Right now books are very much part of my "shiny object" obsession. I recently purchased a book called Brain Rules (by John Medina), after attending a workshop at the NSTA (National Science Teachers Association conference). One of the things Medina discusses is that multi-tasking is a myth. Though we can walk and talk at the same time, to truly give our attention - our awareness - to more than one thing truly isn't possible (he cites the study of talking on a cell phone while driving as an example of us humans not truly being able to multi-task).
One of the pieces I was actually looking at in Brain Rules was a chapter that included the idea of repetition as a means of learning. Just prior to his chapter on repetition, however, Medina points out research that suggests that emotional experiences stay with us memory-wise longer than simply intellectual ones. That it is the gist - the bigger picture - rather than the details that we store in our long-term memory.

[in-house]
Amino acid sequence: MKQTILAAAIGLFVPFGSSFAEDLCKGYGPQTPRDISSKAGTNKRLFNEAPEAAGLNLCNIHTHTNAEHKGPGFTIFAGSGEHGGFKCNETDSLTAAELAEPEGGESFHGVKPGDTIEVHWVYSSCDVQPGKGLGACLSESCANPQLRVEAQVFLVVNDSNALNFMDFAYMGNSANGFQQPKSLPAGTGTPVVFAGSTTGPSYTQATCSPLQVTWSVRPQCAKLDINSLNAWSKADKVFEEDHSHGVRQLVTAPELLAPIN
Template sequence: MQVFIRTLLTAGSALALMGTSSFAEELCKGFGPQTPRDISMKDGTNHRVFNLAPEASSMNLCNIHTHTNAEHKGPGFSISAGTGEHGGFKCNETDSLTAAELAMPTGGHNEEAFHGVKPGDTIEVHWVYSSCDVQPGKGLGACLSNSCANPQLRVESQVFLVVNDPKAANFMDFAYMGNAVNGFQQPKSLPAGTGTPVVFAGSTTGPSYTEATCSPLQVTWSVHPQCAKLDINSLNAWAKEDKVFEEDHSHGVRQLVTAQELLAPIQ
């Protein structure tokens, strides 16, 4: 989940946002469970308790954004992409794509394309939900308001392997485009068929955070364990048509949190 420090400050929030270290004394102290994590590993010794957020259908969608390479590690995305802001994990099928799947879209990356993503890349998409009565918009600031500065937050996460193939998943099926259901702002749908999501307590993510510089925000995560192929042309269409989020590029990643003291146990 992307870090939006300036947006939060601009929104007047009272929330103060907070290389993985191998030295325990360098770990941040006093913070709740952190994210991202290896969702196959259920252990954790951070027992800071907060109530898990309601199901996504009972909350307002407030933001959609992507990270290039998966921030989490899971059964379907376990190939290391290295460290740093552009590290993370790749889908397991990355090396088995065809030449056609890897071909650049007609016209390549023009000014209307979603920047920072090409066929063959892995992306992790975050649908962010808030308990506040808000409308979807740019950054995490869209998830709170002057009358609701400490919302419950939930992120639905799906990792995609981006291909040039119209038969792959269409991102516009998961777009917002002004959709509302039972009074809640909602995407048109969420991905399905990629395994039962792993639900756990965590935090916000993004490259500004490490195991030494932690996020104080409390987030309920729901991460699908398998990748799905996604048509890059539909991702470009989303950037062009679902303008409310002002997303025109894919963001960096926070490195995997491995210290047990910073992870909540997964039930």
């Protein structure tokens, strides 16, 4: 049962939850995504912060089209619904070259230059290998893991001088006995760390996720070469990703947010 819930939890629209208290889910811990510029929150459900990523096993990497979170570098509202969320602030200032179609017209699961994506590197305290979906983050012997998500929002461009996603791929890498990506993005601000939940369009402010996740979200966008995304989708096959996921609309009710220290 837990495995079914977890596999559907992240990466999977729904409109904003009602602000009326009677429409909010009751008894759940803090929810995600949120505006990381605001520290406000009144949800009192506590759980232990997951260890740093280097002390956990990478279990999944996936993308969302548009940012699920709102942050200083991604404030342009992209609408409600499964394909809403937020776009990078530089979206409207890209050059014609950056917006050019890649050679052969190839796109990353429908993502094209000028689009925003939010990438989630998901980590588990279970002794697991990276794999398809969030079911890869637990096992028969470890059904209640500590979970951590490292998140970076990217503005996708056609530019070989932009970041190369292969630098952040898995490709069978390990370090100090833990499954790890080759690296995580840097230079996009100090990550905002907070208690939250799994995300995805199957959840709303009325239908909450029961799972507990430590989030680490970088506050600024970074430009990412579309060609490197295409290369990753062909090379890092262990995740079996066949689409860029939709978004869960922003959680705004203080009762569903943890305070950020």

Medina cites John Bransford who edited How People Learn, and says, "[Experts'] knowledge is not simply a list of facts and formulas that are relevant to their domain; instead, their knowledge is organized around core concepts or 'big ideas' that guide their thinking about their domains" (Medina, 2008, p. 85).
So that got me thinking about the emotional aspect of ritual - the connecting aspect, especially as it relates to community creation and interconnectedness. Something I'd like to explore (as well as how repetition of the ritual plays a role in term sof deeper connection, deeper learning: prajna).
But of course, then, I want to explore five million other things at the same time. Shocked?
The thing is: as much as I feel the paralysis of overwhelm, and as much as I know that I easily distract because I want to explore so many things, what I really know is that this is part of my process. The paralysis will lift, I will become more able to hone in and focus on what I need to, when I need to, and like Bob Marley once sang, "every little thing will be all right."
Saturday, January 16, 2010
Thursday, January 14, 2010
Every month and a half or so we get the opportunity to meet up around five or five-thirty in the evening, have dinner together, and then go see a play - something that always seems like "there's no time to fit that in." Having season tickets makes us fit it in. And that's a good thing.